In his recent op-ed Alex Nowrasteh argues that we should increase our legal immigration system and grant amnesty to illegal immigrants in order to bolster our sluggish economy ("Free markets require increased legal immigration," Wednesday). There is a consensus among nonpartisan economists that low-skilled immigrants, both legal and illegal, are a fiscal drain on taxpayers.
Our immigration system does not always put American interests first; in fact, we select just 5 percent of our immigrants based on the skills and education they bring to the United States. We should change our immigration system to bring in more skilled labor to help improve our economy. But because immigrants admitted to the United States today are generally lower-skilled than American workers, they compete with low-skilled natives for scarce jobs and drive down wages.
A Harvard economist has estimated that immigration in recent decades has reduced the wages of native-born workers without a high school degree by nearly 9 percent. These vulnerable American workers have been especially hard hit by the ongoing recession. The unemployment rate for those with less than a high school diploma is more than 12 percent, about 4 percent higher than the national rate.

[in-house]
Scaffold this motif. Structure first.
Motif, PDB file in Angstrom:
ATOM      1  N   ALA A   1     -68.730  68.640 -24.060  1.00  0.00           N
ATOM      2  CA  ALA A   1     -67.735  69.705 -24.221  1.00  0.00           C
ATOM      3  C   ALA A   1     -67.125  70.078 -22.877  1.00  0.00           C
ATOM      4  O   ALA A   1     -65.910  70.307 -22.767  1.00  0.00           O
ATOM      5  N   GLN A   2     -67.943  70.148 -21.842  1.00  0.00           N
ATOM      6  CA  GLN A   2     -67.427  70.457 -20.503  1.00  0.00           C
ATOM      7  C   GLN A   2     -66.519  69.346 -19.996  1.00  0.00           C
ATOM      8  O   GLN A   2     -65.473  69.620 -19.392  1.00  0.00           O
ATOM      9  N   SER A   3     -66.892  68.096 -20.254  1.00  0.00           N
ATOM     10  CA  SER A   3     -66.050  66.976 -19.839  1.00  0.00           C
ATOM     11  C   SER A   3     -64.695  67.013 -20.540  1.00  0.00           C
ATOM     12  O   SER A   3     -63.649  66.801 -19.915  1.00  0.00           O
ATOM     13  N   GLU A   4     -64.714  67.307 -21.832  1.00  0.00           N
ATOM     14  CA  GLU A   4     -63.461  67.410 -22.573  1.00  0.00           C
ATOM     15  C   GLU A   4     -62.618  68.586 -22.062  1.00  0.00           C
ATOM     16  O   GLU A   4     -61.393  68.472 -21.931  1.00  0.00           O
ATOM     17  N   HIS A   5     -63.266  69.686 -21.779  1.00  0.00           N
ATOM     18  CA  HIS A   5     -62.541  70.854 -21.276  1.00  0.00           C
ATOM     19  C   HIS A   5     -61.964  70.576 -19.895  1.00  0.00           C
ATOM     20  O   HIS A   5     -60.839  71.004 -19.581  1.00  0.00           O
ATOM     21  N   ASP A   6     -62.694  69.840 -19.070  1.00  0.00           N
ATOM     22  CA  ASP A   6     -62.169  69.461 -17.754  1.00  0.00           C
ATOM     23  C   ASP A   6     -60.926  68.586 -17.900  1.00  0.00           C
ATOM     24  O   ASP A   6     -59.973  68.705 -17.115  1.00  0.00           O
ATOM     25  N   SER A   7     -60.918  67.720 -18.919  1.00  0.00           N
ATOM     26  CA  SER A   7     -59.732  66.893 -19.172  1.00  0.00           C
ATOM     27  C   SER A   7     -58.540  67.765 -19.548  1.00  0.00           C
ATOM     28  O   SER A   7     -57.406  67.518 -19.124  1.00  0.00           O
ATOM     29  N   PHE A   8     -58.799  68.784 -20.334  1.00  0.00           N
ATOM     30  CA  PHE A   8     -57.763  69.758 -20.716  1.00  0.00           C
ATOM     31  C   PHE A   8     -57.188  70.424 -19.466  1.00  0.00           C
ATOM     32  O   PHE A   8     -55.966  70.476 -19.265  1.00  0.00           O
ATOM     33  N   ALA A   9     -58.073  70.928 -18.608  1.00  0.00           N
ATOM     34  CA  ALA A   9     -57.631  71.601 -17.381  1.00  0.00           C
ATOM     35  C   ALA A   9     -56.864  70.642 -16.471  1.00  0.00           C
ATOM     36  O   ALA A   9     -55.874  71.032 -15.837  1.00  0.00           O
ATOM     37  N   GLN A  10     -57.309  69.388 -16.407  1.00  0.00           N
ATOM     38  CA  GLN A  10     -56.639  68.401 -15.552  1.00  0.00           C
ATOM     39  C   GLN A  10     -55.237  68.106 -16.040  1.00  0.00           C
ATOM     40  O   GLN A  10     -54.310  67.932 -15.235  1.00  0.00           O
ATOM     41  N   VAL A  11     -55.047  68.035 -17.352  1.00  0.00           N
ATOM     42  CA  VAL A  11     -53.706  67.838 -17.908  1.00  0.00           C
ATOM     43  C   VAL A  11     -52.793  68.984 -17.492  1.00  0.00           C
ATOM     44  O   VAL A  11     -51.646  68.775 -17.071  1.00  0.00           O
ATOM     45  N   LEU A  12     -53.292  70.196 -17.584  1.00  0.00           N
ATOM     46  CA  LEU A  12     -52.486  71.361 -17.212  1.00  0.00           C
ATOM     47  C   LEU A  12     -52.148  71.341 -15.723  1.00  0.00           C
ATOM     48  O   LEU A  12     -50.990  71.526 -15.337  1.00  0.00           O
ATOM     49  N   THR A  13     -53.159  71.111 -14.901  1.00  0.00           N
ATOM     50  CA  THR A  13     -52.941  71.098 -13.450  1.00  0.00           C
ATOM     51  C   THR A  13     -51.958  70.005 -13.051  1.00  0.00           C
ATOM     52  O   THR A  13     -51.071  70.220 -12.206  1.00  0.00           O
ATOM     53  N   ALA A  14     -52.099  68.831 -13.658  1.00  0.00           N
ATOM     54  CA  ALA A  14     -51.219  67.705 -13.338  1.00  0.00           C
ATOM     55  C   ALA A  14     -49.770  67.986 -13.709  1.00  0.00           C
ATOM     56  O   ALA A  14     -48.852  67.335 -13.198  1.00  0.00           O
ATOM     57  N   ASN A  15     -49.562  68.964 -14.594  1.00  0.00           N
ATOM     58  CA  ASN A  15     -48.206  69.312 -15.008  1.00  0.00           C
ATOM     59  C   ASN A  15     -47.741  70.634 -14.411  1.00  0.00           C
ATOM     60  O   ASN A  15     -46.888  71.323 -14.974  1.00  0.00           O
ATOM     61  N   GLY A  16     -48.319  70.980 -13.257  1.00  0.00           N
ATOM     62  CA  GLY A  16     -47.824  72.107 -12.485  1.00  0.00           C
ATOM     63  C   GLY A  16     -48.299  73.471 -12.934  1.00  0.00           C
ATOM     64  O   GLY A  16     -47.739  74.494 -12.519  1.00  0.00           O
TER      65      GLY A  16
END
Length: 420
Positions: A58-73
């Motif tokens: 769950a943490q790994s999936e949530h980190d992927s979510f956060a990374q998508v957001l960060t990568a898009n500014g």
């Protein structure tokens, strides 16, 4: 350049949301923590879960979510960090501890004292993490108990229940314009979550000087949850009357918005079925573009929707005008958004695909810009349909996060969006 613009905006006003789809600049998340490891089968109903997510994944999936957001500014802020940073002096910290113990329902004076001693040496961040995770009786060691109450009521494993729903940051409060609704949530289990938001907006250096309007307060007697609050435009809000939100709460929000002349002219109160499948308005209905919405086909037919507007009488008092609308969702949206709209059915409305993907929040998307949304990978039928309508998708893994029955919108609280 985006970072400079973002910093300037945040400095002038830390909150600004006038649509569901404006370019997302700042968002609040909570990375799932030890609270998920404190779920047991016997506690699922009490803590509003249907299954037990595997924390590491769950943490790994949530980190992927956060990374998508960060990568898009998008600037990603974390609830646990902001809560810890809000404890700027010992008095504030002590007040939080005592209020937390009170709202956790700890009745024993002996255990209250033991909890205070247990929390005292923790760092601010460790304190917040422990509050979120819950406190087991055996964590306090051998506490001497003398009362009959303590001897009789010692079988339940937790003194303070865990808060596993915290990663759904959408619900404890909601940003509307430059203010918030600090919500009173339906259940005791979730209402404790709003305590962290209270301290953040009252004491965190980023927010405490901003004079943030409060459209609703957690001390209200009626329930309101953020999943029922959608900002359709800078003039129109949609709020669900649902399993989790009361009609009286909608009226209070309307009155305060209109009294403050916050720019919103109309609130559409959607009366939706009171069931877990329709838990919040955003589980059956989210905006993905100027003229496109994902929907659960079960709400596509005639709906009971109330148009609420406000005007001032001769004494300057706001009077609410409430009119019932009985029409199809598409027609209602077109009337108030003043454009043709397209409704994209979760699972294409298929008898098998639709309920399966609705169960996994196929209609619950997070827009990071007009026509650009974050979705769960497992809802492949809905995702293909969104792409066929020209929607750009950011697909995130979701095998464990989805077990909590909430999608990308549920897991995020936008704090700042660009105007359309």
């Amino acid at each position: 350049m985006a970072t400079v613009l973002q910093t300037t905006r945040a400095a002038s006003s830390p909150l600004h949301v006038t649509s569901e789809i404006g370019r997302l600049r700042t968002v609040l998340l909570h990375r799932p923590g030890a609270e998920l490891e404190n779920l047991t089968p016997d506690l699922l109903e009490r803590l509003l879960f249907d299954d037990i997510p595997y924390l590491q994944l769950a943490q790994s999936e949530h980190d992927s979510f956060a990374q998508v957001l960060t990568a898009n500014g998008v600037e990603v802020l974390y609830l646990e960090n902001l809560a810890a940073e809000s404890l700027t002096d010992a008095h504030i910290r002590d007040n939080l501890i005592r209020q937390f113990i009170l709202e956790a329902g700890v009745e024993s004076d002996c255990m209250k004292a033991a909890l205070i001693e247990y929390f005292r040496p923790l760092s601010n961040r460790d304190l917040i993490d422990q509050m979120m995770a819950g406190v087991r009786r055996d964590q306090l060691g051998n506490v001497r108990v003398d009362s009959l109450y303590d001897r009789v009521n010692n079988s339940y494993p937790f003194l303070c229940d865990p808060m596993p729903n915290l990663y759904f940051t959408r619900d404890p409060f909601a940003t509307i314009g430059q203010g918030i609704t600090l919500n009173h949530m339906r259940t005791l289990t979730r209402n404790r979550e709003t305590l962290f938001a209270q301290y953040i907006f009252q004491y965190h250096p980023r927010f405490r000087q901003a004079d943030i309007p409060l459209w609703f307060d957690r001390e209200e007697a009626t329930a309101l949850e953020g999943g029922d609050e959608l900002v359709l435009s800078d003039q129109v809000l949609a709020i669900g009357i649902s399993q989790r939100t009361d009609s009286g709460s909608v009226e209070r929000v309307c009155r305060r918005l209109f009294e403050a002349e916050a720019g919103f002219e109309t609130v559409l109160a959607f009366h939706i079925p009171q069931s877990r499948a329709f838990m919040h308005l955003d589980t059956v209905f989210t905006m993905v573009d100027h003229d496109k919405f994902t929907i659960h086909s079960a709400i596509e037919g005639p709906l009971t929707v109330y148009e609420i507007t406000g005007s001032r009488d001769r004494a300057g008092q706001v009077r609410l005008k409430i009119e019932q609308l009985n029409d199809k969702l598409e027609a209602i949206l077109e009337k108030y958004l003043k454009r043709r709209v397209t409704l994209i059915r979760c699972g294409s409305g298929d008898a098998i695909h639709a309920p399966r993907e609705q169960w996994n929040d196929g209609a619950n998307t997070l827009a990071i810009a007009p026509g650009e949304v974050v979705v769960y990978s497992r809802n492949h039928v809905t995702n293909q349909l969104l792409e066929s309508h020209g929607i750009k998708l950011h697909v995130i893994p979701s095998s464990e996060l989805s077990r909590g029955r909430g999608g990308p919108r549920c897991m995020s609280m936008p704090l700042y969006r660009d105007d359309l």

Low-skilled immigrants without a high school education very often pay little in taxes but receive huge amounts of taxpayer-funded benefits. In fact, the Heritage Foundation found that the average household headed by an immigrant without a high school degree receives more than $19,000 more in total government benefits each year than it pays in federal, state and local taxes. And the nonpartisan National Research Council found that an illegal immigrant without a high school degree will, over the course of his lifetime, impose a net cost on taxpayers of $89,000.
Granting amnesty to illegal immigrants will only cost taxpayers more money. Illegal immigrants already cost U.S. taxpayers billions annually and the Heritage Foundation reports that it will cost at least $2.5 trillion in retirement expenditures, including Social Security, Medicare, Medicaid and Supplemental Security Income if they are granted amnesty. With so many of our entitlement programs on the verge of insolvency, it makes no sense to further jeopardize them.
We have the most generous immigration system in the world, admitting more than 1 million legal immigrants each year. This generosity should continue - but we must ensure our immigration system benefits American taxpayers and workers.
REP. LAMAR SMITH
Chairman, House Judiciary Committee
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